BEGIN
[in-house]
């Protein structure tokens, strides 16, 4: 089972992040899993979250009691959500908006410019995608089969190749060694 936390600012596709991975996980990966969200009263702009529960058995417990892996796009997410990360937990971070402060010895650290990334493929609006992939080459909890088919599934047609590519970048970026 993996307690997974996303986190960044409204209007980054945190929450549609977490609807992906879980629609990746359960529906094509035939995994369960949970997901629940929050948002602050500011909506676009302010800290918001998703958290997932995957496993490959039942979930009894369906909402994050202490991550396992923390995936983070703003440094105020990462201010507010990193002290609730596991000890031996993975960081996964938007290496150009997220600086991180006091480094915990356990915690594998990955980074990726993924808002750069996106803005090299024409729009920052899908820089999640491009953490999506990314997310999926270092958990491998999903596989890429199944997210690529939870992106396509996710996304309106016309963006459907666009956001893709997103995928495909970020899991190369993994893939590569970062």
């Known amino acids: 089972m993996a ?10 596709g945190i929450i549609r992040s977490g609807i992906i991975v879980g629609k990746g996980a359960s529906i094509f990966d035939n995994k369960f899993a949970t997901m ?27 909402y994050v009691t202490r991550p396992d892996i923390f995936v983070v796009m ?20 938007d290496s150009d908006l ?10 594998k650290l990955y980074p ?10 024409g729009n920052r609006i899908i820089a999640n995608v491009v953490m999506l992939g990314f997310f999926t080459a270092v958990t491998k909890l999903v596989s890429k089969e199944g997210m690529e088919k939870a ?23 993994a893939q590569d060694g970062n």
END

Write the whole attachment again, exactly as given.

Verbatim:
[in-house]
């Protein structure tokens, strides 16, 4: 089972992040899993979250009691959500908006410019995608089969190749060694 936390600012596709991975996980990966969200009263702009529960058995417990892996796009997410990360937990971070402060010895650290990334493929609006992939080459909890088919599934047609590519970048970026 993996307690997974996303986190960044409204209007980054945190929450549609977490609807992906879980629609990746359960529906094509035939995994369960949970997901629940929050948002602050500011909506676009302010800290918001998703958290997932995957496993490959039942979930009894369906909402994050202490991550396992923390995936983070703003440094105020990462201010507010990193002290609730596991000890031996993975960081996964938007290496150009997220600086991180006091480094915990356990915690594998990955980074990726993924808002750069996106803005090299024409729009920052899908820089999640491009953490999506990314997310999926270092958990491998999903596989890429199944997210690529939870992106396509996710996304309106016309963006459907666009956001893709997103995928495909970020899991190369993994893939590569970062």
């Known amino acids: 089972m993996a ?10 596709g945190i929450i549609r992040s977490g609807i992906i991975v879980g629609k990746g996980a359960s529906i094509f990966d035939n995994k369960f899993a949970t997901m ?27 909402y994050v009691t202490r991550p396992d892996i923390f995936v983070v796009m ?20 938007d290496s150009d908006l ?10 594998k650290l990955y980074p ?10 024409g729009n920052r609006i899908i820089a999640n995608v491009v953490m999506l992939g990314f997310f999926t080459a270092v958990t491998k909890l999903v596989s890429k089969e199944g997210m690529e088919k939870a ?23 993994a893939q590569d060694g970062n």